As I’ve mentioned before, one of the most difficult parts of raising an autistic child is his inability to communicate with me. What makes this even harder is that I know it is just as frustrating for him as it is for me. Being unable to communicate how you’re feeling or what you want, must be incredibly difficult and confusing. One of the main tenets of therapy (and Catholic confession) is that saying something out loud helps you to become unburdened of it. Giving voice to a problem is often the first step towards rectifying that problem. Unable communicate (or perhaps even identify) what the problem is can only cause more pain and frustration.
My vacation has caused Connor no end of anxiety, a feeling he is unable to properly identify or explain. Instead he has shown me through his actions how he feels.
It began with him being a little anxious.
When we returned on Friday night from our brief vacation, Connor was already asleep in his bed. It was no surprise to me when I woke up Saturday morning to find him snuggled up next to me. I would have been surprised had he not been there! In fact, I was prepared for some clinginess, some whining, etc. all that day. But it never materialized. Sure, Connor didn’t want the fiance to go to the grocery store without him. And Connor hugged his legs as he stood in the hallway. But all I got were some lovely smiles and hugs, and then Connor was on his merry way.
I should have suspected that Connor was not as ok as he seemed given that he was having an overwhelming number of nightmares. Crying in the night, he’d run into our room yelling out “Mommy, mommy!!” searching for me in the dark. Then he’d pull my arms around him, tighter and tighter, as if there would never be a point that we could be too close.
Still, everything seemed fine during daylight hours. And when Monday morning rolled around, Connor was happy, even excited to go to school. We talked about school all morning and Connor animatedly ticked off which of his friends he was going to see that day. Hurrah for school!
But by the end of the school day, that anxious feeling that haunted Connor’s dreams had blossomed into full-blown anxiety. When I picked up him, he was cranky and eager to see me. At home he stuck pretty close to me for the rest of the day, alternating between happiness to be home and whining that he didn’t have my full attention.
It wasn’t until the next morning that we had our first panic attack. Sitting at the breakfast table Connor began to sob, hot tears rolling down his little face. “No school! No school….” he repeated, sounding more and more like a plea than a demand. His sobbing only increased as I tried to tell him it would be ok and his friends would be there with him. Connor just worked himself up more and more to the point that he ended up making himself sick.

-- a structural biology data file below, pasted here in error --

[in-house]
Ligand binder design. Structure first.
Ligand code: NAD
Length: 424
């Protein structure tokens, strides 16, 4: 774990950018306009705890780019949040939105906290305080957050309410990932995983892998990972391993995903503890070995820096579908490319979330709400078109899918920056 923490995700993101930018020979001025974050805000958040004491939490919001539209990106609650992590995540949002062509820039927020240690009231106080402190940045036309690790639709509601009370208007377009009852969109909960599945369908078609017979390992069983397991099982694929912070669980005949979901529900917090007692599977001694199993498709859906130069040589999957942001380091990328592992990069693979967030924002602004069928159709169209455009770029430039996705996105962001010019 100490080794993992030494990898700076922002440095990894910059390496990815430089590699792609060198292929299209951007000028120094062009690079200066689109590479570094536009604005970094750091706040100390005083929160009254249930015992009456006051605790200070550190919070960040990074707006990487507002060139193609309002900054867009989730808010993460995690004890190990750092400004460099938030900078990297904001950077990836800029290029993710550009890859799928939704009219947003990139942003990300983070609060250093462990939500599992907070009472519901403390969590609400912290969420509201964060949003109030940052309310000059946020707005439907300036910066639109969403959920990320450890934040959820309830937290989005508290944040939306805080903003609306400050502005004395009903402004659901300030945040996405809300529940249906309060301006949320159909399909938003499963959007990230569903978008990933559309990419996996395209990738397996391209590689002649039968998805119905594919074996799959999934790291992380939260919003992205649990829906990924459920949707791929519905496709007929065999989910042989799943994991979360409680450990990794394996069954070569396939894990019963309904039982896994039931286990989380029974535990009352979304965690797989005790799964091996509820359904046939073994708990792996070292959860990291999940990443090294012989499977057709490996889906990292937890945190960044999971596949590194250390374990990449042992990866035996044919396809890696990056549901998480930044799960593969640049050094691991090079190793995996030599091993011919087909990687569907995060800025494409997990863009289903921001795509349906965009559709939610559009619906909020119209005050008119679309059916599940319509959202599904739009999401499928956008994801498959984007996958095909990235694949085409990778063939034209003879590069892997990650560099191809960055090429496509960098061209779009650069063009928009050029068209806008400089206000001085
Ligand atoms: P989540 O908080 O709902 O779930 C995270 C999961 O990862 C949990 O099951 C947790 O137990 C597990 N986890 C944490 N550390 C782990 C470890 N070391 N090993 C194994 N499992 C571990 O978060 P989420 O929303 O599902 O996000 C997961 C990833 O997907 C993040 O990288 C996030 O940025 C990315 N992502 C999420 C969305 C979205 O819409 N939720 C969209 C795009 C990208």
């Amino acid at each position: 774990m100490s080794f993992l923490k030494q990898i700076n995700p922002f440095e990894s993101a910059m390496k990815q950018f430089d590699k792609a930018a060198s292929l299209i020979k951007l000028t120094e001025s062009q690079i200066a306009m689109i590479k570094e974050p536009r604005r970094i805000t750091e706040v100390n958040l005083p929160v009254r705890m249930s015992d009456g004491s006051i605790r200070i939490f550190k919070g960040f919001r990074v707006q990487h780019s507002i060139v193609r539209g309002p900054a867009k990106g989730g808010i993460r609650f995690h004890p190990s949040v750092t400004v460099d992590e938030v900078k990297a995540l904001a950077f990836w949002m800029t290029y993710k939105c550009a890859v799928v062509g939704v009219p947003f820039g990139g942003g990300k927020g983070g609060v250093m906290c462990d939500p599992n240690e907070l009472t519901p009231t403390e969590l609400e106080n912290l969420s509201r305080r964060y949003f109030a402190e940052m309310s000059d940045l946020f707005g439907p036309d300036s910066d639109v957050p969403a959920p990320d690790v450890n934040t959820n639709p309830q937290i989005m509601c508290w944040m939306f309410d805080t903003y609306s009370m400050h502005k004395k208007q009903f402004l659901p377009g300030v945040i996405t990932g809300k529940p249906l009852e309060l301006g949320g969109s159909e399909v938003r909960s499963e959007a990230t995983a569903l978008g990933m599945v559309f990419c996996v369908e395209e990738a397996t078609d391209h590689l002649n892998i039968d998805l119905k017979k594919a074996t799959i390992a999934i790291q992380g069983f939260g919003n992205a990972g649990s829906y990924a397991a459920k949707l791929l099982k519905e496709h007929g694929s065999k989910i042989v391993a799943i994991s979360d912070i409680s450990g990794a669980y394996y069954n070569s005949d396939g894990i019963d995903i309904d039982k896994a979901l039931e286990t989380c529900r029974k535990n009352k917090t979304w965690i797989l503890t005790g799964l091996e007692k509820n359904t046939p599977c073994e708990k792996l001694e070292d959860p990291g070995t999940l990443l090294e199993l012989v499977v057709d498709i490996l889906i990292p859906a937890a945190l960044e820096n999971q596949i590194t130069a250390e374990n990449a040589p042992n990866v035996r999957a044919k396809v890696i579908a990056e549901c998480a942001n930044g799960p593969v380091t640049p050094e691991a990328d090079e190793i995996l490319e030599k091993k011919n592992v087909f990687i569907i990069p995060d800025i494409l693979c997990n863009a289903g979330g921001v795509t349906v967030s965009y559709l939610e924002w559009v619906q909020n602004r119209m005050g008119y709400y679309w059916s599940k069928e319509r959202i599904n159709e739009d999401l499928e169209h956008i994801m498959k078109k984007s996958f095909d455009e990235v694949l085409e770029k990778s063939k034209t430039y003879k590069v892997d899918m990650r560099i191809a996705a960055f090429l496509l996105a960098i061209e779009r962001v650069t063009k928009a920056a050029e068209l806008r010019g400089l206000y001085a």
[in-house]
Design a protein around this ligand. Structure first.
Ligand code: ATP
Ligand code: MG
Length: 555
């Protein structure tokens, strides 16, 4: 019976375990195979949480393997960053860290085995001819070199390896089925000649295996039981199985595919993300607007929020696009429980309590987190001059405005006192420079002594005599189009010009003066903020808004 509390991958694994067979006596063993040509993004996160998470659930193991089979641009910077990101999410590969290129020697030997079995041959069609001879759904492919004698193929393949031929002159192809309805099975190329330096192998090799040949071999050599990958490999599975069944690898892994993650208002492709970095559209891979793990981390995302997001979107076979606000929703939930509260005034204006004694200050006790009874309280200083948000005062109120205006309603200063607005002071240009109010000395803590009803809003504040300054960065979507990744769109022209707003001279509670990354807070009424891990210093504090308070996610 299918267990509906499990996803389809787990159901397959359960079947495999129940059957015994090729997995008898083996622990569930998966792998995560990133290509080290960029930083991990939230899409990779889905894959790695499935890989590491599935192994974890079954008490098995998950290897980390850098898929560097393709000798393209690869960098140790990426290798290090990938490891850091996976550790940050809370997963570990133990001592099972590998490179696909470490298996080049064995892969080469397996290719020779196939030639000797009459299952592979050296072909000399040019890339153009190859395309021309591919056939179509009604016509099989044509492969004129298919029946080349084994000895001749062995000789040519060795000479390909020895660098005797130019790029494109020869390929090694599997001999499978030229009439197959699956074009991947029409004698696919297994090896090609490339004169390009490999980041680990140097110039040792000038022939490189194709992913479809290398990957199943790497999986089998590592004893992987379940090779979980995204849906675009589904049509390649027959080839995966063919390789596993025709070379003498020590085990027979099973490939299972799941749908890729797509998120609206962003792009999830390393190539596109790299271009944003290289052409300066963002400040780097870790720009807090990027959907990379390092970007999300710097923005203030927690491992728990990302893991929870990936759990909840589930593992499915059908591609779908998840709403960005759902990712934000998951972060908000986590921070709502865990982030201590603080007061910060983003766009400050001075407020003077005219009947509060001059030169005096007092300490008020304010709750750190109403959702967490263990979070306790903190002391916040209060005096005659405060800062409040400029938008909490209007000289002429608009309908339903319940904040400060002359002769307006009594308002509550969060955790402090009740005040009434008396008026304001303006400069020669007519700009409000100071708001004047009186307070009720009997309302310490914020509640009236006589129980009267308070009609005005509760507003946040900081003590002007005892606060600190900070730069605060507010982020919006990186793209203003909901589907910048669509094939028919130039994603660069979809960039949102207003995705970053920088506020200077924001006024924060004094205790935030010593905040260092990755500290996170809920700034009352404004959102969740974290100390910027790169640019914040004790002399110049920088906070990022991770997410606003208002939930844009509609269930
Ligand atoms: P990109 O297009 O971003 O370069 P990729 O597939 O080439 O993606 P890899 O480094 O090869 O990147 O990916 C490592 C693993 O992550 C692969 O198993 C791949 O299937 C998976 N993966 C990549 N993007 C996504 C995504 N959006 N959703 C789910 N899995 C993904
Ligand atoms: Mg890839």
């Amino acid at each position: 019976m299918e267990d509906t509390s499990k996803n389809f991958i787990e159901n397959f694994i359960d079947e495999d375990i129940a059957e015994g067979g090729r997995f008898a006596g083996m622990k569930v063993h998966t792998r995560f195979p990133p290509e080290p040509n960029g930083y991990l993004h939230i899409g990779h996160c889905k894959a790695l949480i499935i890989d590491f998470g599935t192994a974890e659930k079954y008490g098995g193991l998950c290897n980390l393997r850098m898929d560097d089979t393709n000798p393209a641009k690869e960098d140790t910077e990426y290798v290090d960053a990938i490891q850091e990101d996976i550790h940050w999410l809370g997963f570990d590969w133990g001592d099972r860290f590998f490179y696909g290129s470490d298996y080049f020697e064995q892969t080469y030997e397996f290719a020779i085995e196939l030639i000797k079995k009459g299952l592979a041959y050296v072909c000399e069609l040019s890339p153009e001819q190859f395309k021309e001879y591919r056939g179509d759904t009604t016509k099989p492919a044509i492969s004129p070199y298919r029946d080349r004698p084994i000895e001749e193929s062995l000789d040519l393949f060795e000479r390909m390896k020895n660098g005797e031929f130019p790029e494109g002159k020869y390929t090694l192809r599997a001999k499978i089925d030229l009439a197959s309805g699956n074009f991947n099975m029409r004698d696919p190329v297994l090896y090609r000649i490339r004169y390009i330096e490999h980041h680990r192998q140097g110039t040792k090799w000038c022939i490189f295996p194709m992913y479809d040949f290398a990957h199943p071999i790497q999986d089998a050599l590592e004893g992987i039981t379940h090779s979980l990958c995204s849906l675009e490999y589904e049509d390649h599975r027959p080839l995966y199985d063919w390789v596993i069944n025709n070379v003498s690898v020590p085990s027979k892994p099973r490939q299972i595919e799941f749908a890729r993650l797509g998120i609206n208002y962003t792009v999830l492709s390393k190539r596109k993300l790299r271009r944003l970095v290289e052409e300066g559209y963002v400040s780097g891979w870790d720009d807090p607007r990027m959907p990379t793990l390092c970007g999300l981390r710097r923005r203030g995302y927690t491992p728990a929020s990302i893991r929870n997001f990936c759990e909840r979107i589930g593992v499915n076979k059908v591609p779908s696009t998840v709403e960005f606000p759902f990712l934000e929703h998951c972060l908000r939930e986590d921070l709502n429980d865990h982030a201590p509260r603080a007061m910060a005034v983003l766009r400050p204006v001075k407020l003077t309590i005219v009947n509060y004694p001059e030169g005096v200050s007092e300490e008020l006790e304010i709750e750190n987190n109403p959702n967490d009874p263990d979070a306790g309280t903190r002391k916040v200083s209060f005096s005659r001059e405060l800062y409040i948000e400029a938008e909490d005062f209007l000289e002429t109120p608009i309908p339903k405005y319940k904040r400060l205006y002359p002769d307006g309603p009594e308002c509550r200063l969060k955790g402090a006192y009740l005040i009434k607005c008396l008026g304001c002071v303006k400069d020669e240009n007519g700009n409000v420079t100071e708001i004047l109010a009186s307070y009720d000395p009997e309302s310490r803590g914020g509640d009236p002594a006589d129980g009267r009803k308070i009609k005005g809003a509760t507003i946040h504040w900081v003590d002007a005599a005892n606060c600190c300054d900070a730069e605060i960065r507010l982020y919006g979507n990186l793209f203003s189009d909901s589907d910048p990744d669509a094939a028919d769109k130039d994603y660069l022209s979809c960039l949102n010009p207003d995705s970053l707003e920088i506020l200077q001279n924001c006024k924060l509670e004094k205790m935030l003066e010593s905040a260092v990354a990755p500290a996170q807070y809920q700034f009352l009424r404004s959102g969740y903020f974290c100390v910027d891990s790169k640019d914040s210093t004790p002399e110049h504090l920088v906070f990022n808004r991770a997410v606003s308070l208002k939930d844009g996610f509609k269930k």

And while I know that school is important and maintaining a regular schedule is important, I’m not about to send my child to school when he is that upset. I don’t care how important education is, one day of emotional and mental health is far more important.
As I told him he could stay home, his face relaxed but the tears took quite some time to stop. Connor then asked to go to bed, to go to sleep, which is so very unlike him that I began to worry that there was something physically wrong with him as well as his overwhelming anxiety. My own anxious feelings began to rise as I worried over my little child. His distress was palpable. And there was nothing I could do to reassure him, other than hold him in my arms as we lay in bed watching Thomas and Friends episodes.
Throughout the day we had periods when Connor seemed absolutely fine and periods when I couldn’t even use the bathroom alone. Having someone come into our house for his ABA therapy sent him into a tailspin, but going to see his Nana and Grandpa made him happy and giggly. Playing a game was beyond him, but going for a walk settled him down.
I didn’t know what would comfort him and what would set him off.
So yesterday we consulted a variety of our team members (I call them team members because all of us, parents, teachers, therapists, psychologists, family members, etc. are all in this together. We’re all on Team Connor.) about what we should do to help his anxiety. Sadly, the answer is there is no quick fix. There are a lot of steps we can take to make sure this doesn’t happen in the future, or at least his reaction to my absence isn’t this severe, but there’s no switch we can flip to make it better now. We just have to live life like normal.
For five days of vacation, we’ll have to spend at least double that amount of time trying to repair the damage our absence did. And like any good Catholic girl, I feel incredibly guilty over this. If Connor could yell at me or be angry at me, I would find that easier to bear. It’s the despair that I left him and the fear that I’ll abandon him again that is killing me. When he clutches to me, with tears rolling from his big eyes, I want to join in! I want to promise that I’ll never leave again. I want to promise that everything will always be ok.
But I can’t do that. I can’t stop living my life. That would not be healthy for either of us. I can’t fix everything for him. I can’t protect him from everything. I can only prepare him. Even if it hurts me to do so.